After four years in development, Neterian was soft launched last year by Darrell Boxall and three business partners. It’s aimed at small business owners and was created to provide a complete overview of a business, from leads and new opportunities to return on investment, invoicing and creditor management.

Darrell explains how he and his partners noticed a gap in the market and used their business experience to create a service that would provide a solution to small business owners looking to streamline their sales processes and order book.

1. We saw a gap in the market and decided to go for it.

“We all come from different backgrounds, but one thing we have in common is that we’ve been board directors of business, large and small. We all have a good understanding of how sales teams work both in-house and outsourced and how many SMEs run with a distributed sales force to get a good geographic reach.

“We also understood how businesses turned to sales force automation software, contact management systems or CRM software to keep on top of sales opportunities and increase visibility of key data. But in our experience none of the software solutions really worked across all areas and, critically, most fell short of adding true value. Many of the systems available required significant capital investment, extensive configuration and training and, critically, further investment to maintain them.

“So we saw a gap in the market and decided to go for it.”

“Our offering is aimed at SME enterprises because we found that many small business owners have entrepreneurial flair, but lack formal business grounding. Neterian comes pretty much out of the box ready to go.”

2. Spending our own money is very different to spending somebody else’s

“One mistake we made was to make the relationship between the four partners equal. But it soon became clear that the workload wasn’t equal. We’d failed to lay down ground rules and expectation of workloads. We had to have a difficult conversation and downgrade the partnership status of two of the partners. Fortunately, our working relationship and friendship remained intact.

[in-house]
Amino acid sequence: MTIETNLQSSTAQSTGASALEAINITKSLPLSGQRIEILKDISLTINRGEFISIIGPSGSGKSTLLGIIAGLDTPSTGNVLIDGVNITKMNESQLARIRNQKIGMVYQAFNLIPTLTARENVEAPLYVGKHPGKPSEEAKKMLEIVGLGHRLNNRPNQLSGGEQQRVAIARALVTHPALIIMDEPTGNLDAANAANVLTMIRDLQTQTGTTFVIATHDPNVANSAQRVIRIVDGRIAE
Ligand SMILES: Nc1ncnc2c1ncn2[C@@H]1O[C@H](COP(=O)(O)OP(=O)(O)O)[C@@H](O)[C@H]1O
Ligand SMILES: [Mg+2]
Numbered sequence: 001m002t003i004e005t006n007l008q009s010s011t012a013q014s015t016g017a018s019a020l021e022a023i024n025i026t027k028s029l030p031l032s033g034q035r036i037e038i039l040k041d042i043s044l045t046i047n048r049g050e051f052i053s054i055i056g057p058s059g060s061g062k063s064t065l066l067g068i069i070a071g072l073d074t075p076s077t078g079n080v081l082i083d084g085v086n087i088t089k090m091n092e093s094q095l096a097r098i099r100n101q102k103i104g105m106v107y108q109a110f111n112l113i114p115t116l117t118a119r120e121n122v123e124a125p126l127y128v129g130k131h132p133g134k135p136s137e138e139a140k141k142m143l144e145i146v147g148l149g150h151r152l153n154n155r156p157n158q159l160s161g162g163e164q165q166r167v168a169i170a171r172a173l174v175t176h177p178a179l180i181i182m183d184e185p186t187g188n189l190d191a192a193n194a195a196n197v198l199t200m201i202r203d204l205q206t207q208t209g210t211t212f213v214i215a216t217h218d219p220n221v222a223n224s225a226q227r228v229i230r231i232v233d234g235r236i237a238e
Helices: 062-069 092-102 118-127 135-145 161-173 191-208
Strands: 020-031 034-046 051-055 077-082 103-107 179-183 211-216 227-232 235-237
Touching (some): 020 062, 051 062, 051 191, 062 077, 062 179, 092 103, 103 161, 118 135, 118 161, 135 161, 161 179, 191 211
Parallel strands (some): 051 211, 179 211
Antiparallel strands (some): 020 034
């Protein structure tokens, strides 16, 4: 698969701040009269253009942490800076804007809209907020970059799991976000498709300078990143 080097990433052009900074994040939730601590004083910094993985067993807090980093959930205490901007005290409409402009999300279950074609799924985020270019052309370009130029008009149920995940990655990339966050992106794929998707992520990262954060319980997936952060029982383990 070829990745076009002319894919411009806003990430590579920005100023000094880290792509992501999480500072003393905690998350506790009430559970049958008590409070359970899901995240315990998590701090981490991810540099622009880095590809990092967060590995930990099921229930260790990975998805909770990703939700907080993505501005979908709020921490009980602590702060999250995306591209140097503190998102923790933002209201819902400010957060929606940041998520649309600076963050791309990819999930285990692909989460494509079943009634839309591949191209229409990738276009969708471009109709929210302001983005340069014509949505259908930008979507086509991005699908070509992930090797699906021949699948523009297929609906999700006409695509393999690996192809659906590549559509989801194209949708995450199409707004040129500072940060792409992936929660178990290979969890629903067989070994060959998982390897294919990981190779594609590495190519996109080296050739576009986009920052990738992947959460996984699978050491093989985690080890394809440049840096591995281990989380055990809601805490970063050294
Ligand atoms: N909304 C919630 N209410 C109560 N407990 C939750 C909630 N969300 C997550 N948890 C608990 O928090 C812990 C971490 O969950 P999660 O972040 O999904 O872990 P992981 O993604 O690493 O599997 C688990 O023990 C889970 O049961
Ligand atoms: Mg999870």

“We also failed to appreciate the emotional connection when it came to making decisions. Spending our own money is very different to spending somebody else’s.

“One of the challenges we faced was working out how to self-fund the project. We didn’t want to get into debt as we knew that would put pressure on us if we had to make loan payments each month during the early stages of running the business.

“This meant making personal sacrifices. One founding member even committed his lifestyle to the business and took the risk of not having any income while we set up.”

3. I spend more time with my colleagues than I do my wife

“It’s hard to find the right work/life balance when you run a business. I’m a firm believer in the idea that you need to have fun in what you do. I spend more time with my colleagues than I do my wife, so I need to like what I’m doing. If you find it hard to get out of bed in the morning then it’s time to think of changing the way you work.”

4. Your upkeep can be your downfall

“I’d say to anyone thinking of setting up in business to go for it. There’s a lot of peer pressure around to lead life in a certain way, but a friend of mine states ‘your upkeep can be your downfall’ and I believe that to be true.

“Commit to your idea and be prepared to make sacrifices in the short term in return for long-term gains.”